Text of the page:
A Blow by Blow Account of the UFC in Abu Dhabi
An edited version of this article appeared in Abu Dhabi Week magazine in April 2010. It no longer appears online. This piece remains one of my favourites that I wrote for Abu Dhabi Week.
Abu Dhabi welcomed 12,000 roaring fans this weekend as the Ultimate Fighting Championship came to the capital. Fighting for the first time ever in an outdoor stadium, twenty athletes demonstrated skill, strategy and passion in the famous Octagon.
The evening saw more than one upset as blood flew, underdogs left victorious and one darling lost favour with his fans. Prior to the event, much attention went to the top three fights – a double main event and one battle of the legends – but many in attendance would agree that the earlier fights between the lesser known contenders were more entertaining.
The crowd went wild when Saudi-born Mostapha al Turk entered the cage against the surprisingly pudgy Jon Madsen in the first match of the night, but the support of the audience wasn’t enough to bring the hometown favourite to victory. In a colonial contest, UK native Paul Kelly and American Matt Veach proved that this is not a sport for the faint of heart as the victorious Kelly finally forced his opponent – bloodied from head to waist by the end – to submit by tapping out.
Some of the later events proved more surprising. Pennsylvanian Phil Davis – wearing shocking pink shorts – took down Swedish national Alex Gustafsson in less than five minutes, proving that if you’re going to wear fuchsia, you’d better be able to put your money where your mouth is. Though Kendall Grove topped his opponent by six inches, the Filipino born Mark Munoz pounded his way to glory, defeating his more experienced compatriot. And it was the general consensus of all in attendance that if Terry Etim had the poor sense to go into the ring accompanied by the incongruous tones of Phil Collins, he deserved the beating he got at the hands of Raphael Dos Anjos.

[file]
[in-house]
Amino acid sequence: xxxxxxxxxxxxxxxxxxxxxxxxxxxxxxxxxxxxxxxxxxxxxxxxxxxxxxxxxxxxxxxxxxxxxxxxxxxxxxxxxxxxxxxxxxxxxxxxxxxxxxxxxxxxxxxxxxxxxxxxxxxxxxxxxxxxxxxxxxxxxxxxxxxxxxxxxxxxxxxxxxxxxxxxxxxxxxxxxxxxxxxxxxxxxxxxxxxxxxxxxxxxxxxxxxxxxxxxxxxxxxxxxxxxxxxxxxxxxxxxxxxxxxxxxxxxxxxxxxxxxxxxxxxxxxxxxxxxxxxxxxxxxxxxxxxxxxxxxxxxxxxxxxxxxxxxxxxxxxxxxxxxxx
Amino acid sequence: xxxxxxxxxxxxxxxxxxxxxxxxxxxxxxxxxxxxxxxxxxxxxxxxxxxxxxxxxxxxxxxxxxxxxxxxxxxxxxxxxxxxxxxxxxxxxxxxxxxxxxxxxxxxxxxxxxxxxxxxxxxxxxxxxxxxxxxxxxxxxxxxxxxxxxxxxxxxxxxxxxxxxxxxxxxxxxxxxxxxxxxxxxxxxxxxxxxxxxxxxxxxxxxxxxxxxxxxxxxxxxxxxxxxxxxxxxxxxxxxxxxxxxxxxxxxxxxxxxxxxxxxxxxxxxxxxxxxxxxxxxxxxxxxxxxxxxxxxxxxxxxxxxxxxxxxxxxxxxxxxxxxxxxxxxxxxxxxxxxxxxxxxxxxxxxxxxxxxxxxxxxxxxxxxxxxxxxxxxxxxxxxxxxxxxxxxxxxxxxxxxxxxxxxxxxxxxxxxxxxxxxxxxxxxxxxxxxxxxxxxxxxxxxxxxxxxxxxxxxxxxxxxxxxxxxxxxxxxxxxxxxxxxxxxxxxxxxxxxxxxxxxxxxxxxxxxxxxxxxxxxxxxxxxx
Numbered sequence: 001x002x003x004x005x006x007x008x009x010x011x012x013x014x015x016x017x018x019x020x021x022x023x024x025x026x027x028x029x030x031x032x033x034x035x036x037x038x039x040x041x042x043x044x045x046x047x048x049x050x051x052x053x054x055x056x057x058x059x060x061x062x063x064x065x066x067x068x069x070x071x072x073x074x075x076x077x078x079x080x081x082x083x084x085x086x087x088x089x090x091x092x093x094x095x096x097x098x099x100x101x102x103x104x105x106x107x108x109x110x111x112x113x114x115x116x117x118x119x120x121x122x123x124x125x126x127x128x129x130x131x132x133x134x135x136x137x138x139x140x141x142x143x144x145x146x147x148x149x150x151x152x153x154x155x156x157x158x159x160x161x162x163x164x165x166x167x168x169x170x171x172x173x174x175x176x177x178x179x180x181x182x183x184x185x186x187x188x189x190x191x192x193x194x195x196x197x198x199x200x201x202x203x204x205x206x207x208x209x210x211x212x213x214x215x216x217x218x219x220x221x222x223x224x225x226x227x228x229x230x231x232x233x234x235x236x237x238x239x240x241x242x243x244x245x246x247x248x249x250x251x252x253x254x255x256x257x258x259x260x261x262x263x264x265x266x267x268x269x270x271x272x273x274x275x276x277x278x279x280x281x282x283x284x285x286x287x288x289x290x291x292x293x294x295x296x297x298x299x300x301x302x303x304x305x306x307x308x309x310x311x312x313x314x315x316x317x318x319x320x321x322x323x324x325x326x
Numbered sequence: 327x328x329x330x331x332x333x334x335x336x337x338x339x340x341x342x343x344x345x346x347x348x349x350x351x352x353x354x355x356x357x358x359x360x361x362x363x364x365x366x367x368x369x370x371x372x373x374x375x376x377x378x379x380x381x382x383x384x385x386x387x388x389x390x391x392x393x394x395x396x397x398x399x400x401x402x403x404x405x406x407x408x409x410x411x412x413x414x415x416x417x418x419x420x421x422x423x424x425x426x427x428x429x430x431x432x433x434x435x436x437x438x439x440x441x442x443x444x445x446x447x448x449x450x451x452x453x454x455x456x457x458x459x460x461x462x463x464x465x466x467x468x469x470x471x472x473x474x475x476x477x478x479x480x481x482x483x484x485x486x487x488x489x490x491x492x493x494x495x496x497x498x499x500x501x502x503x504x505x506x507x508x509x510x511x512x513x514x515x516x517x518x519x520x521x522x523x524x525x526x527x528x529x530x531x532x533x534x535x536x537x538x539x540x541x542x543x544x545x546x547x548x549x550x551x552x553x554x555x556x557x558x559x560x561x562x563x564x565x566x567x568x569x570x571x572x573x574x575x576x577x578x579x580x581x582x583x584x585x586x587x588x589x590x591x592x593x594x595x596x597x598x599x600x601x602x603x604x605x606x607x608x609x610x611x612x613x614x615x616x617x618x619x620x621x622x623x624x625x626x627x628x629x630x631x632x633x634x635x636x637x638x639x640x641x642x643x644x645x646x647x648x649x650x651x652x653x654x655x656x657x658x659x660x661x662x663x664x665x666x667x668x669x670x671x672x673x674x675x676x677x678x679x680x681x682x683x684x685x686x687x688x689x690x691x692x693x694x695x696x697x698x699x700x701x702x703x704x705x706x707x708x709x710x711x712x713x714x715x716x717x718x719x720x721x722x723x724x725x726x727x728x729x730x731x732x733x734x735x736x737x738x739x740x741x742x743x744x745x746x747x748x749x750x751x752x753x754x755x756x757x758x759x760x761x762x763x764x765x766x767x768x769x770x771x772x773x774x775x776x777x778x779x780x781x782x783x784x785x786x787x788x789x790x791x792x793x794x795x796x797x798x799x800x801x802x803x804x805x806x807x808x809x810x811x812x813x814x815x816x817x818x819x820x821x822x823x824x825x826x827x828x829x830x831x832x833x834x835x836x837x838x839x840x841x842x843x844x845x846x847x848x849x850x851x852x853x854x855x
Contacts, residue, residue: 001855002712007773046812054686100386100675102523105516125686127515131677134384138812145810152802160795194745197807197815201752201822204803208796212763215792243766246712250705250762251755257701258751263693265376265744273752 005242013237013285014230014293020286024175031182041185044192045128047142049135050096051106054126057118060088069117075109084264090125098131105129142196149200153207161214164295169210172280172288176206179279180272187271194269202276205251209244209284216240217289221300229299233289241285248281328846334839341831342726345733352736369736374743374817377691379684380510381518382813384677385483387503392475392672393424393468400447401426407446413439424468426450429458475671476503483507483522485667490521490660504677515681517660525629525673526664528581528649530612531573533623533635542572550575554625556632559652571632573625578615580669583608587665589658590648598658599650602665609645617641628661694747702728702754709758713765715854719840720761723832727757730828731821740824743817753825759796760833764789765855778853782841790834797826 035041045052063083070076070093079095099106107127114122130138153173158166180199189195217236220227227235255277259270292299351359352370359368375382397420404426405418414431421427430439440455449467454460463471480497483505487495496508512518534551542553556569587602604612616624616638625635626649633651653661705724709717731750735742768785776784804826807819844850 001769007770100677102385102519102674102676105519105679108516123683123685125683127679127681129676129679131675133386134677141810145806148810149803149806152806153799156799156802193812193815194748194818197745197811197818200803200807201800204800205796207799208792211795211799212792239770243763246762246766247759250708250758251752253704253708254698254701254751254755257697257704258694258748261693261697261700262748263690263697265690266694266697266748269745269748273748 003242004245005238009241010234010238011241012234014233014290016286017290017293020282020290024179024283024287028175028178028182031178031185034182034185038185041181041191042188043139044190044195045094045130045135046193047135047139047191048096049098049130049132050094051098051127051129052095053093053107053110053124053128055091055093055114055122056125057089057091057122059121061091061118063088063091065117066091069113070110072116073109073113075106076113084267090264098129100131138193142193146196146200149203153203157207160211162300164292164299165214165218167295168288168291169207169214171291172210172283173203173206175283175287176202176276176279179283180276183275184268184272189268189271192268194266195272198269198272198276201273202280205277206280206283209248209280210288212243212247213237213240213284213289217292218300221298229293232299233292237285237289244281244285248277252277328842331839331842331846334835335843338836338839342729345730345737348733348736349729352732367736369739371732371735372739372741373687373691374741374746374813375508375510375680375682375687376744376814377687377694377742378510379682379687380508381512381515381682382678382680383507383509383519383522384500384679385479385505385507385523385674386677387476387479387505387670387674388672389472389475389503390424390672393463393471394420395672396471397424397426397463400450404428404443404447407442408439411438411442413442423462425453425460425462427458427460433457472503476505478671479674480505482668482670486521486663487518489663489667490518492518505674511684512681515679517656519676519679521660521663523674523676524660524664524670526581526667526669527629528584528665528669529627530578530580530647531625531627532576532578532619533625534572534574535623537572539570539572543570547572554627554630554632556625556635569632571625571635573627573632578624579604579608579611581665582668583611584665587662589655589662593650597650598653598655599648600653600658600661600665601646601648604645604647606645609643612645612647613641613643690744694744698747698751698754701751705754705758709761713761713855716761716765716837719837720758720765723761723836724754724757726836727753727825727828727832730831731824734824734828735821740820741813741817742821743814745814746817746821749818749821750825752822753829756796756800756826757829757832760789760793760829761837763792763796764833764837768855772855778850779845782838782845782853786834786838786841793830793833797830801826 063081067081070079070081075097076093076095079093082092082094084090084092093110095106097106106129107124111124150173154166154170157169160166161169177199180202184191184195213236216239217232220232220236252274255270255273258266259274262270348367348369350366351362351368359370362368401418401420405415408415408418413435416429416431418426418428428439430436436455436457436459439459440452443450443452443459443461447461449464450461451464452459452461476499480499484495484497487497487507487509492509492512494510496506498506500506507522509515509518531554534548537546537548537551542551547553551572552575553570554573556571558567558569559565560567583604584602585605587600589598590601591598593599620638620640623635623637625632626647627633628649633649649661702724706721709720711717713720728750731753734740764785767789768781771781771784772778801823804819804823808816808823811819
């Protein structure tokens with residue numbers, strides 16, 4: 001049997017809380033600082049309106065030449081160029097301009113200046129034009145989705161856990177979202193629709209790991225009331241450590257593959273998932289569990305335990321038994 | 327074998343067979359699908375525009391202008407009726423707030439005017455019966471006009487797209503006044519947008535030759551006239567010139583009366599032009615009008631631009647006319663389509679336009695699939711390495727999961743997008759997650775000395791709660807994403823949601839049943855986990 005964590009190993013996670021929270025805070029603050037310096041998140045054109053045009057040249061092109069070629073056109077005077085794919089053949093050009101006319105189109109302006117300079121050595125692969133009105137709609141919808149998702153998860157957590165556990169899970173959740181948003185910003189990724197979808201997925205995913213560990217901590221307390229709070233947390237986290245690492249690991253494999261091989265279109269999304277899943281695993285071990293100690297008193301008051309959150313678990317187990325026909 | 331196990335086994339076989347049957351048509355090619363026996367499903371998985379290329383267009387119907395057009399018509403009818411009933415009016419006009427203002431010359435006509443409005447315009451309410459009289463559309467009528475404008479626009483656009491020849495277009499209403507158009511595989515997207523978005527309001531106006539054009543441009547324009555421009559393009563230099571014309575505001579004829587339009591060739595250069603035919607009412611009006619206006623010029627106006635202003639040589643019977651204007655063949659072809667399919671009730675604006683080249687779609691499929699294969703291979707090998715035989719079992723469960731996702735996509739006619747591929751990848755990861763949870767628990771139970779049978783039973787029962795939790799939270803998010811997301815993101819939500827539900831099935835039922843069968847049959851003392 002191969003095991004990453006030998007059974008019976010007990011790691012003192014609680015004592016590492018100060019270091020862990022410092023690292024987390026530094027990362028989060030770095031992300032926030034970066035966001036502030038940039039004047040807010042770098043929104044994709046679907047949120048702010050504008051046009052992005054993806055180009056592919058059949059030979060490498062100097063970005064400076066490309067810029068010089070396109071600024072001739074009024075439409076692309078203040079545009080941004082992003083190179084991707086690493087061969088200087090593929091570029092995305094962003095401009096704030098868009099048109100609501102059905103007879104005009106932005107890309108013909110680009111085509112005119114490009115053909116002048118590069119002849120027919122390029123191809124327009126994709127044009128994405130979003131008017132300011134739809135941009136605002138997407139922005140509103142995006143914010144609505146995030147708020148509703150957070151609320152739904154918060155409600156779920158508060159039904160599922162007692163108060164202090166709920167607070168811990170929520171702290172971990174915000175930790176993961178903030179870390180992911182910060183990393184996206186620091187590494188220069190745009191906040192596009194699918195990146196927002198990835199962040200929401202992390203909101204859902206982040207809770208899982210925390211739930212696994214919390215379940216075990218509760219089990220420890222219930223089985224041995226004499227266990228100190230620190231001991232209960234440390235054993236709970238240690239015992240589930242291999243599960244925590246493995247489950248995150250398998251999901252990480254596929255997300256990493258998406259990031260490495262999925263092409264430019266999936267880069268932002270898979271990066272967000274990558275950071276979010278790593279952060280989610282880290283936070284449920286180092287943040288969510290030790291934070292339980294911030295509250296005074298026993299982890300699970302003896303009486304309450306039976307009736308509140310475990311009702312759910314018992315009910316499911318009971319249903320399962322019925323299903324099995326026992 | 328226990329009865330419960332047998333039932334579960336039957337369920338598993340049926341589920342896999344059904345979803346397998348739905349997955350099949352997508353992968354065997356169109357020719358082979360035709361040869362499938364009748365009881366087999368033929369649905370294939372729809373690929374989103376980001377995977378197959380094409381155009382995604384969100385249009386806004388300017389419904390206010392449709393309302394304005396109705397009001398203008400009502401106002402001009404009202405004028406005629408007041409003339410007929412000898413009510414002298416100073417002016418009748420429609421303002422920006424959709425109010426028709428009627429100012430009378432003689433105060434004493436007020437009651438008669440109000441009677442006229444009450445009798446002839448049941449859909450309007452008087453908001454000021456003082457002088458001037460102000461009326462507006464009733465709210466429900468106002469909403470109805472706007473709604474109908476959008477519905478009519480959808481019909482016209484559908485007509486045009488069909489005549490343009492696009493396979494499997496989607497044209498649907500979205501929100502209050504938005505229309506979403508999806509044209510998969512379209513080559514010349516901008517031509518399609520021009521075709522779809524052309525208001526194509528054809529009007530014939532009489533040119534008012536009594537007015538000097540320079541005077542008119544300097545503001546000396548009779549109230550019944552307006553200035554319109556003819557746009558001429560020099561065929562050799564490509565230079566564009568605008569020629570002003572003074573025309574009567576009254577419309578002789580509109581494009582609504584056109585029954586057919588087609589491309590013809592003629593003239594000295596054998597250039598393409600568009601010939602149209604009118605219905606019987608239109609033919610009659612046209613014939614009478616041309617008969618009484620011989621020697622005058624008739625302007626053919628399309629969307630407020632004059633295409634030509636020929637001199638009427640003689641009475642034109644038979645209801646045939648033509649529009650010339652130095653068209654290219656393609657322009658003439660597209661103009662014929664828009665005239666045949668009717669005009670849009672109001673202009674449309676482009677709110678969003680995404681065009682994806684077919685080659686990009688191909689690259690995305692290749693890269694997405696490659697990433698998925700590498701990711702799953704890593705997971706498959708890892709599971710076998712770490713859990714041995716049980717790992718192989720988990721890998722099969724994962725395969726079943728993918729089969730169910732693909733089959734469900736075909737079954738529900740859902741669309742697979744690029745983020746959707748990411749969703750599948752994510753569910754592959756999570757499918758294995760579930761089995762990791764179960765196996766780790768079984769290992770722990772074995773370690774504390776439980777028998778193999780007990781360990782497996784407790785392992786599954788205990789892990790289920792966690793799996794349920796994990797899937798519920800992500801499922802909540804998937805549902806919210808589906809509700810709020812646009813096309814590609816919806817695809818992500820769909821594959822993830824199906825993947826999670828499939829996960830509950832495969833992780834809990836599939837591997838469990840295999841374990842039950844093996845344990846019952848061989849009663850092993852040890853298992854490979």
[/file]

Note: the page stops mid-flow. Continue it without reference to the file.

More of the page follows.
While there was some speculation that the Hughes/Gracie fight would demonstrate a true rivalry between the two legends of the sport, it came as no real surprise when these professionals treated each other with admiration and respect. It was also no surprise when 44 time winner Hughes defeated the 43 year old Gracie – who competed this weekend for the first time ever in the Octagon – proving that family name is nothing against experience in this game of gladiators.
Almost no one, however, was expecting the result of the title match between BJ Penn and Frankie Edgar. Defending his belt in the World Lightweight Championship, Penn was much loved going into the outdoor arena, as evidenced by the number of spectators who arrived decked out in Penn paraphernalia. Though other bouts of the evening featured much prancing about, these two fought with heart to the end of the 5th round when Edgar took the title by the judges’ decision, surprising the victor almost as much as the fans.
The evening ended on a sour note, however, when the highly publicized Anderson Silva took to the cage to defend his World Middleweight Championship belt against Demian Maia. Though the two went the entire five rounds, leaving Maia’s face a bloodied, swollen wreck, the men spent more time dancing in front of each other than they did hitting each other. Maia was never able to employ his many floor skills, and Silva – who has been called the nicest guy in the sport – took several opportunities to taunt his opponent. The crowd’s laughter died down by the third round, however, when spectators tired of Silva’s antics and urged him to finish the bout, by the end fully supporting the heart of the exhausted Maia. The judges finally declared Silva the winner, but while he may have won the match, he won no hearts or minds in Abu Dhabi.